The Mystery of Nevada’s Ancient Reptilian Boneyard

Berlin, Nevada, is a treasure chest for paleontologists. Just down the road from now-abandoned gold and silver mines, a stone collection of bones hint at an even richer past. Berlin Ichthyosaur State Park is teeming with dozens of fossils of ancient marine reptiles. This bed of bones is so plentiful and strange that researchers have scratched their heads over it for decades.

“There are places with much denser occurrences of ichthyosaur skeletons, including places in Chile and Germany,” says Nick Pyenson, curator of fossil marine mammals at the Smithsonian National Museum of Natural History. “But this place, Berlin ichthyosaurs in eastern Nevada, has really eluded explanation for a long time.” At least seven individuals of the genus in one particular quarry Shonisaurus— a bloated, bus-sized dolphin with four limb-like fins — were essentially stacked on top of each other.

Previous hypotheses have largely focused on physical or environmental reasons for fossil aggregation. One suggested that the animals stranded in shallow water and died as a group about 230 million years ago. Or maybe a volcanic eruption destroyed them. Pyenson had a different guess, which his team tested using 3D visualizations of the site, as well as fossils and other clues in the geological record.

Writing in the diary current biology, today, Pyenson’s team presents evidence that the Shonisaurs got there reproduce. The team concludes that the animals traveled long distances to give birth, as some whales do today. The discovery provides an example not only of “convergent evolution,” where the same traits evolve independently in different species, but also of the oldest Example of walking in groups to a designated calving spot.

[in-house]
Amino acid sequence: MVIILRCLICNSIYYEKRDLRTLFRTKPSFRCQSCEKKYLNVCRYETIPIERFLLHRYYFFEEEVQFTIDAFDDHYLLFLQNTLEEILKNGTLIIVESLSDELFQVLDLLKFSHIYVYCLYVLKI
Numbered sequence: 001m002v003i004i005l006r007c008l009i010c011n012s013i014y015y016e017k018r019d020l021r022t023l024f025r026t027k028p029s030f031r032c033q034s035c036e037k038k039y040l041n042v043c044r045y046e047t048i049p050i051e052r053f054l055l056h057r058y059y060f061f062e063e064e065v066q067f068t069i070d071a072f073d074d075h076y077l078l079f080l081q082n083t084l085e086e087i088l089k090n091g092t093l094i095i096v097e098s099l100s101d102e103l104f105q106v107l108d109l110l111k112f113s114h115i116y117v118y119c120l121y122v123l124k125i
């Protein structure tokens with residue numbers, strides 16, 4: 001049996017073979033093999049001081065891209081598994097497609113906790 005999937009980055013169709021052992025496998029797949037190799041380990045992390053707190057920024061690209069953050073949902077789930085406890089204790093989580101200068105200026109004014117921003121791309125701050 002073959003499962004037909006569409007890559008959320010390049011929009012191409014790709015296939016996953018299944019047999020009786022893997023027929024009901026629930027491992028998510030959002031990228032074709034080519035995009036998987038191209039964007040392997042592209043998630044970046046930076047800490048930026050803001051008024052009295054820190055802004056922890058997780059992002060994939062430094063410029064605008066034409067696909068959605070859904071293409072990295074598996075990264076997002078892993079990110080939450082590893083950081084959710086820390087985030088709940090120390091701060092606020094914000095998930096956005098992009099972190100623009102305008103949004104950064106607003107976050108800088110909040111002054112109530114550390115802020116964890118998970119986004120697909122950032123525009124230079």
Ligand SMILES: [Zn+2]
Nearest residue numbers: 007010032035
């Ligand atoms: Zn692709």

“They make pretty compelling arguments,” says Lene Liebe Delsett, a vertebrate paleontologist at the University of Oslo, Norway, who was not involved in the study. “Ichthyosaurs were the first large marine tetrapods. And throughout the Triassic, they varied quite a bit, so there was a lot of variety. It’s just a very interesting time to learn more about it.”

The origin story the Shonisaur begins with death—a lot of it.

About 251 million years ago, between the Permian and Triassic periods, Earth’s largest extinction event wiped out about 95 percent of all marine life. This so-called “Great Dying” mowed down the diverse landscape of creatures in the ocean. Some of the animals that grew in their place turned out to be stranger and greater than ever before.

The following Triassic started an evolutionary arms race. Prey evolved harder shells and better mobility, predators crunched through ammonite shells and hunted fish better than ever, and so on. Partially driving this push, ichthyosaurs, which evolved from terrestrial reptiles into new species of varying sizes, quickly dominated the ocean. That Shonisaurus the genus in particular became one of the largest sea predators in the world. “They reached the size of a whale before anything else,” says Pyenson.

Pyenson is usually more of a whale type; He specializes in mammals that split off from reptiles about 325 million years ago. But ancient marine reptiles like those under the order Ichthyosaurs share many similarities with existing marine mammals. Their ancestors came from the land, they were born alive young, they had similar fins, and they are tetrapods, meaning they have four limbs. And Pyenson is well acquainted with this kind of mystery. About a decade ago, he and his South American collaborators in Atacama, Chile, used 3D mapping and chemical analysis to show that a dense assemblage of at least 40 fossilized whales must have died from a toxic algal bloom 7 to 9 million years ago.

https://www.wired.com/story/the-mystery-of-nevadas-ancient-reptilian-boneyard/ The Mystery of Nevada’s Ancient Reptilian Boneyard

Zack Zwiezen

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